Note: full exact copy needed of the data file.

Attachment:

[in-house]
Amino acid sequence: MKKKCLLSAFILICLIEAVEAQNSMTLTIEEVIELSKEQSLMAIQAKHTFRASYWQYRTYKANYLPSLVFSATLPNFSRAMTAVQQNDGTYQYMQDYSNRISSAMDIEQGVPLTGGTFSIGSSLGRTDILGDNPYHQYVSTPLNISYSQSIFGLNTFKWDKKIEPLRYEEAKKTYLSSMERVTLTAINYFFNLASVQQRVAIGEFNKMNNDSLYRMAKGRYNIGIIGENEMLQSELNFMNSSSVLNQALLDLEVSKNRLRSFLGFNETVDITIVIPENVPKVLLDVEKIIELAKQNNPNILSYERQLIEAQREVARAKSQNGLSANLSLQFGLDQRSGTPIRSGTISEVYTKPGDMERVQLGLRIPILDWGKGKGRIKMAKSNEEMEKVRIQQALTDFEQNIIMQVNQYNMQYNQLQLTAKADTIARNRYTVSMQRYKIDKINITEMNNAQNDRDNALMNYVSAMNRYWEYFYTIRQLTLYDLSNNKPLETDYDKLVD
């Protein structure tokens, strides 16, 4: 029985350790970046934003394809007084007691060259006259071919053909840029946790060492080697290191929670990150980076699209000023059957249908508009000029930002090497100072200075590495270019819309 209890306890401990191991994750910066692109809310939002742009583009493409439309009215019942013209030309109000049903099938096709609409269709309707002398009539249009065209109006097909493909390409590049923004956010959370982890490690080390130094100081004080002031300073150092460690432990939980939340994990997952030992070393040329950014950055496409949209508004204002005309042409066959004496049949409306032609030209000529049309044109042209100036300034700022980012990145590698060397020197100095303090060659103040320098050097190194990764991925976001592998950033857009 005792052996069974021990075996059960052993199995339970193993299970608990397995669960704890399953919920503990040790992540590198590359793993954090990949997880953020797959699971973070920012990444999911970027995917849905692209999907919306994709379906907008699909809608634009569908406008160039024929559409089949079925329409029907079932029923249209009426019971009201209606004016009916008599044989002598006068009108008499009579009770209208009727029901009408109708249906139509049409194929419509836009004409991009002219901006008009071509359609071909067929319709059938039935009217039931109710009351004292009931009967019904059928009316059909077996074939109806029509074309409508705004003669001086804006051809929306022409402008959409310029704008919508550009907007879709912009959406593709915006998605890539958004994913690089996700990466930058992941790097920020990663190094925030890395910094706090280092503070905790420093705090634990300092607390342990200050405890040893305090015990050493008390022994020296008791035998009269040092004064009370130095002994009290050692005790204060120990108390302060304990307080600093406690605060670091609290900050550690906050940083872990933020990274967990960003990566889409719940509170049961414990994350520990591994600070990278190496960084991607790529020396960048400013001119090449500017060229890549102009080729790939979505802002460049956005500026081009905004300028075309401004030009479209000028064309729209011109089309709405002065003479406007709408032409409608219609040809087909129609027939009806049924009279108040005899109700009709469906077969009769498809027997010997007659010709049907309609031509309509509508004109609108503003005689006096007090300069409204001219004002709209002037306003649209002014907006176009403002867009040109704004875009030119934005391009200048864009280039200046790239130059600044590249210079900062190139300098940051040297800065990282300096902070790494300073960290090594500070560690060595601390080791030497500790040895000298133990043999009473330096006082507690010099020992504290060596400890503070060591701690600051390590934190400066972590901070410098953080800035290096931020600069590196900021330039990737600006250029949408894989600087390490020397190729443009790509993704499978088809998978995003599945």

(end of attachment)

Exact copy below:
[in-house]
Amino acid sequence: MKKKCLLSAFILICLIEAVEAQNSMTLTIEEVIELSKEQSLMAIQAKHTFRASYWQYRTYKANYLPSLVFSATLPNFSRAMTAVQQNDGTYQYMQDYSNRISSAMDIEQGVPLTGGTFSIGSSLGRTDILGDNPYHQYVSTPLNISYSQSIFGLNTFKWDKKIEPLRYEEAKKTYLSSMERVTLTAINYFFNLASVQQRVAIGEFNKMNNDSLYRMAKGRYNIGIIGENEMLQSELNFMNSSSVLNQALLDLEVSKNRLRSFLGFNETVDITIVIPENVPKVLLDVEKIIELAKQNNPNILSYERQLIEAQREVARAKSQNGLSANLSLQFGLDQRSGTPIRSGTISEVYTKPGDMERVQLGLRIPILDWGKGKGRIKMAKSNEEMEKVRIQQALTDFEQNIIMQVNQYNMQYNQLQLTAKADTIARNRYTVSMQRYKIDKINITEMNNAQNDRDNALMNYVSAMNRYWEYFYTIRQLTLYDLSNNKPLETDYDKLVD
């Protein structure tokens, strides 16, 4: 029985350790970046934003394809007084007691060259006259071919053909840029946790060492080697290191929670990150980076699209000023059957249908508009000029930002090497100072200075590495270019819309 209890306890401990191991994750910066692109809310939002742009583009493409439309009215019942013209030309109000049903099938096709609409269709309707002398009539249009065209109006097909493909390409590049923004956010959370982890490690080390130094100081004080002031300073150092460690432990939980939340994990997952030992070393040329950014950055496409949209508004204002005309042409066959004496049949409306032609030209000529049309044109042209100036300034700022980012990145590698060397020197100095303090060659103040320098050097190194990764991925976001592998950033857009 005792052996069974021990075996059960052993199995339970193993299970608990397995669960704890399953919920503990040790992540590198590359793993954090990949997880953020797959699971973070920012990444999911970027995917849905692209999907919306994709379906907008699909809608634009569908406008160039024929559409089949079925329409029907079932029923249209009426019971009201209606004016009916008599044989002598006068009108008499009579009770209208009727029901009408109708249906139509049409194929419509836009004409991009002219901006008009071509359609071909067929319709059938039935009217039931109710009351004292009931009967019904059928009316059909077996074939109806029509074309409508705004003669001086804006051809929306022409402008959409310029704008919508550009907007879709912009959406593709915006998605890539958004994913690089996700990466930058992941790097920020990663190094925030890395910094706090280092503070905790420093705090634990300092607390342990200050405890040893305090015990050493008390022994020296008791035998009269040092004064009370130095002994009290050692005790204060120990108390302060304990307080600093406690605060670091609290900050550690906050940083872990933020990274967990960003990566889409719940509170049961414990994350520990591994600070990278190496960084991607790529020396960048400013001119090449500017060229890549102009080729790939979505802002460049956005500026081009905004300028075309401004030009479209000028064309729209011109089309709405002065003479406007709408032409409608219609040809087909129609027939009806049924009279108040005899109700009709469906077969009769498809027997010997007659010709049907309609031509309509509508004109609108503003005689006096007090300069409204001219004002709209002037306003649209002014907006176009403002867009040109704004875009030119934005391009200048864009280039200046790239130059600044590249210079900062190139300098940051040297800065990282300096902070790494300073960290090594500070560690060595601390080791030497500790040895000298133990043999009473330096006082507690010099020992504290060596400890503070060591701690600051390590934190400066972590901070410098953080800035290096931020600069590196900021330039990737600006250029949408894989600087390490020397190729443009790509993704499978088809998978995003599945």